Binge Eating DisorderJust like anorexia and bulimia, binge eating disorder (BED) is also a serious mental illness. While this does not involve over-exercising, self-induced vomiting, and other methods to prevent weight gain, it causes a range of serious health problems. BED may involve irregular fasting or repetitive dieting, with feelings of shame and guilt after a binge. As people with BED often consume an unusually large amount of food, they are often overweight or obese.

Sufferers of BED are usually disappointed with their habit and may become depressed. In fact, studies have shown that those with BED have many health issues which include stress, anxiety, difficulty sleeping, and suicidal thoughts. They also feel negative about themselves, which may cause them to miss school, work, and other social situations.

Health and Medical Consequences

Unhealthy weight gain is the common health consequence. Binge eating disorder help centers note that this can result in obesity, which raises the risk for other medical conditions. High blood pressure or high cholesterol is one common risk, which can lead to a risk of diabetes, heart disease, and stroke. Other repercussions include:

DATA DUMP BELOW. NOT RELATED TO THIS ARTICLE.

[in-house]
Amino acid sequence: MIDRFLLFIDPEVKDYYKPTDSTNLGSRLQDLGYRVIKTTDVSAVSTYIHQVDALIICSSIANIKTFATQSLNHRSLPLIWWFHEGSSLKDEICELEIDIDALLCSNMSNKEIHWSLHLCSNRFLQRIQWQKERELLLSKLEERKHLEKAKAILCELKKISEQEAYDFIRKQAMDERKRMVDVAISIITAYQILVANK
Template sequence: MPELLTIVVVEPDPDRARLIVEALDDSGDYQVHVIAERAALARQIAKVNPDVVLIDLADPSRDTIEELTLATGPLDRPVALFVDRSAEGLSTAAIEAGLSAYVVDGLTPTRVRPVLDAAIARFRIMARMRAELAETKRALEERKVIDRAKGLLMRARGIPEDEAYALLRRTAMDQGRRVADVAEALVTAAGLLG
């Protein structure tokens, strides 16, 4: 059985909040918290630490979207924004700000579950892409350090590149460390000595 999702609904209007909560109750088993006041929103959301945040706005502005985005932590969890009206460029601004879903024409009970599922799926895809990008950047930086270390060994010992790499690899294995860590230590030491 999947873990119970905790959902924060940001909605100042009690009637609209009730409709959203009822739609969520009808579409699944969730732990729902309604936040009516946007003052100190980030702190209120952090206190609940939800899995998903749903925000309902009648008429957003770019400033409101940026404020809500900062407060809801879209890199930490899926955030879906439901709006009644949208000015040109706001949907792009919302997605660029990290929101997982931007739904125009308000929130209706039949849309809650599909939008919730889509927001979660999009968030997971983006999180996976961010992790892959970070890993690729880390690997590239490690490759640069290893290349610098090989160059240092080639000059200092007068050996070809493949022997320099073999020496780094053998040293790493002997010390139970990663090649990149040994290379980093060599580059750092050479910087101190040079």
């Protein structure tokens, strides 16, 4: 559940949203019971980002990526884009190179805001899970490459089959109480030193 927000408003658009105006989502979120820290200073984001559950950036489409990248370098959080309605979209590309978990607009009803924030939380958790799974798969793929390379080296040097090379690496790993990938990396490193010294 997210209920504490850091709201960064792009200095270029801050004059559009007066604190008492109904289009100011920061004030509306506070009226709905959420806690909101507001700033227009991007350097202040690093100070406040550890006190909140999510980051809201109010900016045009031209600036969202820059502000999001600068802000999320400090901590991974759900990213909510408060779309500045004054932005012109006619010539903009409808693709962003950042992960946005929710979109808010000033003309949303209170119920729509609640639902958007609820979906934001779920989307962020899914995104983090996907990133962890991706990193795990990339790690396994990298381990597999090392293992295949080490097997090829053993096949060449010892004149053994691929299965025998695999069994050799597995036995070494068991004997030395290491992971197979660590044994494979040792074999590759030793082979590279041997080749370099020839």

• Gallbladder disease
  • Osteoarthritis
  • Kidney problems/failure
  • Certain cancer types

Some people with BED also have other mental health conditions such as anxiety, depression, and personality disorders. Eating disorder thoughts may leave them feeling overwhelmed, which results in a feeling of unable to cope without binge eating.

Getting Professional Help

Those with BED can get help from an eating disorder treatment center or a specialist in eating disorder. The path to recovery can be challenging, but overcoming the illness is possible. A high level of commitment, along with the right team, can help sufferers replace unhealthy habits with helpful coping strategies. There are different ways to treat BED and may include nutritional advice or psychotherapy.

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Early intervention is important to overcome the problem. Delays in seeking professional help can lead to serious consequences for both the sufferer’s physical and mental health. Full recovery is most likely if the person gets early help.

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